From suit design, I moved to space station operations at the German Aerospace Centre or DLR. My typical day involved supporting astronauts onboard the International Space Station to carry out experiments successfully, developing new experiment payloads with scientists, helping to train astronauts on payload experiments and equipment they might use on the ISS, and writing crew (astronaut) procedures.

I later moved to the Netherlands to work at ESA’s technology centre (ESTEC), as a contractor focused on operations for future human spaceflight projects, including the European Robotic Arm (ERA). ERA is a new robotic arm that is due to be launched to the International Space Station this July which will help astronauts and cosmonauts carry out spacewalks (or EVAs) and install new parts of the space station. I helped to develop a smaller version of Mission Control at ESA’s technology centre ESTEC in the Netherlands and worked on cosmonaut and crew instructor training specifically related to spacewalks which was incredible.

And now I’m based at Mission Control in Ottawa, Canada – a space exploration and robotics company with a focus on mission operations, onboard autonomy and AI.

What is your current role and what does your work involve?

At Mission Control, we’re developing innovative solutions using space technology to solve the world’s problems and explore space through developing software solutions designed for space activities, from lunar exploration to astronaut support systems. Currently, I’m leading a really exciting project called Mission Control Intelligence (MCI) which is in partnership with a space company in India called Axiom Research Labs to demonstrate AI-powered levels of autonomy on a micro-rover (or smaller rover) ahead of commercial missions to the Moon.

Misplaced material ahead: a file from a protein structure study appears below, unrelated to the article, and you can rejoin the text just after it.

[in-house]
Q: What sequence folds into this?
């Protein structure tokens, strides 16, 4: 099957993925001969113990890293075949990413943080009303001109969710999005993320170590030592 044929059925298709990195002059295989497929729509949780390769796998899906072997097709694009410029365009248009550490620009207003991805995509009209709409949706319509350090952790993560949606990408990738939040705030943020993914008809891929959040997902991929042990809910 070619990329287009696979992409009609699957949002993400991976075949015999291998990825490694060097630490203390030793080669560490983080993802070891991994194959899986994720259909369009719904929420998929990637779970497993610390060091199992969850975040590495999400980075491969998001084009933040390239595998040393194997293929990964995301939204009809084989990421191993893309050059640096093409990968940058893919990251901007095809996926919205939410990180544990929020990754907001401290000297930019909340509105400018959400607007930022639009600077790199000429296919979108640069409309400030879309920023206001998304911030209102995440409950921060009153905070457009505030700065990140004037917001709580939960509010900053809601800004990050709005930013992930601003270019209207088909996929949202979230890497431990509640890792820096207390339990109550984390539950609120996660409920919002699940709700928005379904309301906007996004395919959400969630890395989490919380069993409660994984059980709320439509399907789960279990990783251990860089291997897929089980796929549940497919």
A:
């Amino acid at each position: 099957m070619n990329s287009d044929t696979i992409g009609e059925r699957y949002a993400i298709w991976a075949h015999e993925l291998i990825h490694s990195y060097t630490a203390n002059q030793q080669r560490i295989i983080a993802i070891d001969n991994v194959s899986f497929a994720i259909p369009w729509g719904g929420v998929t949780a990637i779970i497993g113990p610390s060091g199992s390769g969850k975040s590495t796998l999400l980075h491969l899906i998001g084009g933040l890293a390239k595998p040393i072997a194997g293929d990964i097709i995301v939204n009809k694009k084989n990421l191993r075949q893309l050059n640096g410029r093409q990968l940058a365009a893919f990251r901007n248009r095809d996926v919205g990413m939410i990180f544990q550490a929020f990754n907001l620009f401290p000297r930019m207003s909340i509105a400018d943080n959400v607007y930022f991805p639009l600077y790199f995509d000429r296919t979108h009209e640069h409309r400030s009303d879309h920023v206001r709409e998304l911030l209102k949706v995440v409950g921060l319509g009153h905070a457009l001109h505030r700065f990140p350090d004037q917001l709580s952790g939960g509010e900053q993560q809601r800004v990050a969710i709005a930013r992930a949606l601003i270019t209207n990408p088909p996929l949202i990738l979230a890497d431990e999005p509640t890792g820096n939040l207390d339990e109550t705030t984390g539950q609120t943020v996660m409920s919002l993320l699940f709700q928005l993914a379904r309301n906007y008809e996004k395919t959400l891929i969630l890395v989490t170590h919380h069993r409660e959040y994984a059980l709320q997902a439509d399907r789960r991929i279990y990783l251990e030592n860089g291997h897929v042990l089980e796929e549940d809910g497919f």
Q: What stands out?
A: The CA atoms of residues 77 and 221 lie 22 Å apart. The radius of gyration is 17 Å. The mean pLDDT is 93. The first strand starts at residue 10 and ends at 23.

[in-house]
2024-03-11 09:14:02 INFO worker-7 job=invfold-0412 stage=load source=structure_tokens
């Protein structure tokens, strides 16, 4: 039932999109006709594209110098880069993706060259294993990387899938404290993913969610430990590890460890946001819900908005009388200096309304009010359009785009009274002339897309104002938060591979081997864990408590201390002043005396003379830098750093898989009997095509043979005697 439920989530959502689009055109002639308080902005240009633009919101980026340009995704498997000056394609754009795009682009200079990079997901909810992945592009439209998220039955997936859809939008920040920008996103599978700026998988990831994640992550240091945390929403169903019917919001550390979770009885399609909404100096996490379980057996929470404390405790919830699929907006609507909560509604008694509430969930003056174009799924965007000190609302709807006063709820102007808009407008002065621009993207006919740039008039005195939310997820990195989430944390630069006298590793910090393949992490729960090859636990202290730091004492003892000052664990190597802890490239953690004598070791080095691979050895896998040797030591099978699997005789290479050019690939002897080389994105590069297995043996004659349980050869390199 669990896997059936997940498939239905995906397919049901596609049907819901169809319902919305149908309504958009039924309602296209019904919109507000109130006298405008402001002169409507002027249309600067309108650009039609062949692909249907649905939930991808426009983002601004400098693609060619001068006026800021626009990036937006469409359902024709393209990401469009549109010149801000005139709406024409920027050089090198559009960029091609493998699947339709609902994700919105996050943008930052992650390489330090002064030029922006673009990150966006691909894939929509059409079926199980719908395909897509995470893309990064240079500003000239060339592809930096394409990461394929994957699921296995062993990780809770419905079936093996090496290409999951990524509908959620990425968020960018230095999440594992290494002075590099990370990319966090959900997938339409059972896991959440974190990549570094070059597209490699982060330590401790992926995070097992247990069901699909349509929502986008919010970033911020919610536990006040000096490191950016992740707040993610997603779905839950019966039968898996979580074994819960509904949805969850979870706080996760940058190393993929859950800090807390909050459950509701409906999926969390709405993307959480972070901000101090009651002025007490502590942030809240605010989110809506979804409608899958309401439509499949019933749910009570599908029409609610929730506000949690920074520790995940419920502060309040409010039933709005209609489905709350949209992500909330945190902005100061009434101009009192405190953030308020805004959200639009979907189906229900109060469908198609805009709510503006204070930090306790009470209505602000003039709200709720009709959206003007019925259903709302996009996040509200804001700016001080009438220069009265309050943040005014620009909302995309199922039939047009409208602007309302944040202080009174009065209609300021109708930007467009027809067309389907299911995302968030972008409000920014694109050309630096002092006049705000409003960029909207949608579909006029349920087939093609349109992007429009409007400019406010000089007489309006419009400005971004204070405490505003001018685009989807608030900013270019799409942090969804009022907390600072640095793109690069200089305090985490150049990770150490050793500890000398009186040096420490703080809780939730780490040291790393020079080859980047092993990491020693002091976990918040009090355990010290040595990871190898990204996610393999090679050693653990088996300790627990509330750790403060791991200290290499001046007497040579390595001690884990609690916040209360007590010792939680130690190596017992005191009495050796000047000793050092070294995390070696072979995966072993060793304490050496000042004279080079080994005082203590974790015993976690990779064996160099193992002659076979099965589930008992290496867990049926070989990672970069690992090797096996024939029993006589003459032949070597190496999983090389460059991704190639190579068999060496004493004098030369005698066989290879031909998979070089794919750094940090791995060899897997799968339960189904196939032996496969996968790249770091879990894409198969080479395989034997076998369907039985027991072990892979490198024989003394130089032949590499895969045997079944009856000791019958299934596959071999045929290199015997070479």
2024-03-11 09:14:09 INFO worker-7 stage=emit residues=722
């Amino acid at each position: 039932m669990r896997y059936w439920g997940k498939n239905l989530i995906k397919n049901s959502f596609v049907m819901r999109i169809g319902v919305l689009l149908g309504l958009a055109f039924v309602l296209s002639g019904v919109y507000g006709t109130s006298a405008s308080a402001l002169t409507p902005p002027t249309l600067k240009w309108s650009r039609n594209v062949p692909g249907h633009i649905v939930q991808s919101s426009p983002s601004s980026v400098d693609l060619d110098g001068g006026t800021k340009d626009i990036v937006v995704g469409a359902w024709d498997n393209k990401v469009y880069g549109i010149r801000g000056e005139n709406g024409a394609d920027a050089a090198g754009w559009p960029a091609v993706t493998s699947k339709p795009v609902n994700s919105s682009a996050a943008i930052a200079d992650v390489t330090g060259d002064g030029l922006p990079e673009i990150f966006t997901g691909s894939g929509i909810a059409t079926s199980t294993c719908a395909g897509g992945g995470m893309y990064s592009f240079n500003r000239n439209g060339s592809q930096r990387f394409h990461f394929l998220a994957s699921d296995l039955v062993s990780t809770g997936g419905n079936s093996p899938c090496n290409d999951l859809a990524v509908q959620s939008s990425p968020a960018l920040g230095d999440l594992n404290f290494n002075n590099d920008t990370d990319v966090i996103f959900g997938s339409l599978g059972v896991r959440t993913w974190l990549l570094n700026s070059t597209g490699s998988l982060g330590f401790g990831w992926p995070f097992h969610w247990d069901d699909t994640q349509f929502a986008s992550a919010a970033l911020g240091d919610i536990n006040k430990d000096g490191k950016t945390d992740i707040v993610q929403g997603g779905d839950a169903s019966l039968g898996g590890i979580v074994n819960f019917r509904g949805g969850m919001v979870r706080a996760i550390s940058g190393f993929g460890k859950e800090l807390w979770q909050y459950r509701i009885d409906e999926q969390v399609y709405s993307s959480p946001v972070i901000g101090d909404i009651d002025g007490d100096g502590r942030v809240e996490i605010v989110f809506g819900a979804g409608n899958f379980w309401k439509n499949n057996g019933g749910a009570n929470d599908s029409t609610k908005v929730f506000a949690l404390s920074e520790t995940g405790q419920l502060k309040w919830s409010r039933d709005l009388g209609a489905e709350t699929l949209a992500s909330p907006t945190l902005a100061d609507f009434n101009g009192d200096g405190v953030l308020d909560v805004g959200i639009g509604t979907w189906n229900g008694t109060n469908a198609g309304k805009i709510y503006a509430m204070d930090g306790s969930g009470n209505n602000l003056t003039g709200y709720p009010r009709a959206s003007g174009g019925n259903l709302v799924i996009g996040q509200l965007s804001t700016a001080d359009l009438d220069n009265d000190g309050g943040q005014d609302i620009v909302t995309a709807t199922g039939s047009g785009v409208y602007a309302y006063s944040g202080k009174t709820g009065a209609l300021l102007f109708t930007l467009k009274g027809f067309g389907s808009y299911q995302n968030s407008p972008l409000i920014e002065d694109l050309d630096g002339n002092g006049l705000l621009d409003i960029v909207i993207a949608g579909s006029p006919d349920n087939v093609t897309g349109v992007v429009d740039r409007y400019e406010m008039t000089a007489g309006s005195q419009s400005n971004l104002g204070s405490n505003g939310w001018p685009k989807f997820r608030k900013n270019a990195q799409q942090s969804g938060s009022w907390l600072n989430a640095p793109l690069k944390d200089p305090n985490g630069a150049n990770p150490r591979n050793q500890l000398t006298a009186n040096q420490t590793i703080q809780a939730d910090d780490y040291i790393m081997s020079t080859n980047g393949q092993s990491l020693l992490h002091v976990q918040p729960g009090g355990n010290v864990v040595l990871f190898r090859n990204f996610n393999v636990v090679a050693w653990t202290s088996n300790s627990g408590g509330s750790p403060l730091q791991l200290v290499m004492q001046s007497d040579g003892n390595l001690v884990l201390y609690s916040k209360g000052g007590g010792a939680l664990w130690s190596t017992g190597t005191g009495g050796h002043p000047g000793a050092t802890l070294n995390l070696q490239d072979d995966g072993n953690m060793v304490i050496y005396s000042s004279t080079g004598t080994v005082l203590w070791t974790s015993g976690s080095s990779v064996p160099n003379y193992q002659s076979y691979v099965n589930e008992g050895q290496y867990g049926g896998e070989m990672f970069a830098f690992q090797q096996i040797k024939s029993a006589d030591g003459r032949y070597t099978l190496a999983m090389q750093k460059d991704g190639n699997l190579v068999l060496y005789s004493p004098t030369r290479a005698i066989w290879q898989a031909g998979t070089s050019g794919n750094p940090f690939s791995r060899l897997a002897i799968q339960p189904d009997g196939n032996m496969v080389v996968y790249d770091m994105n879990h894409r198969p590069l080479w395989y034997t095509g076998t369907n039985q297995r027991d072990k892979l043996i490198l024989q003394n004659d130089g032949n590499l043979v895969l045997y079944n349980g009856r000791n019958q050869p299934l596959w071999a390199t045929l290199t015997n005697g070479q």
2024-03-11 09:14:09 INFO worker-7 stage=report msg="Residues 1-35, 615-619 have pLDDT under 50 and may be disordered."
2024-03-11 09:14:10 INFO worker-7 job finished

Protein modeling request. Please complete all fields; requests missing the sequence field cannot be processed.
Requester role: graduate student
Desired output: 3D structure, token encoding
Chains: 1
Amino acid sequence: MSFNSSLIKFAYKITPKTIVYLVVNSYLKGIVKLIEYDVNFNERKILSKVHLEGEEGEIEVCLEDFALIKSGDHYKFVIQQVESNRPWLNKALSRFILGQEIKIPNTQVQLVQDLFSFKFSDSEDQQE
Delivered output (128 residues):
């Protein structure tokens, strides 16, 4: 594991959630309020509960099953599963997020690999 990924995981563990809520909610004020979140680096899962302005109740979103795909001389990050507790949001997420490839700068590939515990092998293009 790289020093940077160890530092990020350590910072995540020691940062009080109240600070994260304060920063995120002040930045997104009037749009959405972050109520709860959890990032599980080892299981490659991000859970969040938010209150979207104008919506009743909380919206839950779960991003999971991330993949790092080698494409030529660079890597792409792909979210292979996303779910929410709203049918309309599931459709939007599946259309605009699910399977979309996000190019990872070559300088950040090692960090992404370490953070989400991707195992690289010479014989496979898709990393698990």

Fundamentally, MCI is a suite of cutting-edge technologies that will allow space mission operators to make important decisions in science and navigation operations faster and with more confidence. We’re developing AI algorithms to classify the terrain of the lunar surface, essentially making lunar rovers smarter scientists, and reducing the workload of scientists on the ground. The science autonomy system identifies geological features on the Moon from camera images taken by a lunar rover or it could even potentially be used during an astronaut’s spacewalk and as they explore the lunar surface to detect and select features of scientific interest to sample. These technologies can be used for future lunar exploration missions this decade. In addition to my project management responsibilities, I’m also the Education and Public Outreach lead for Mission Control’s contribution to the Emirates Lunar Mission launching in 2022.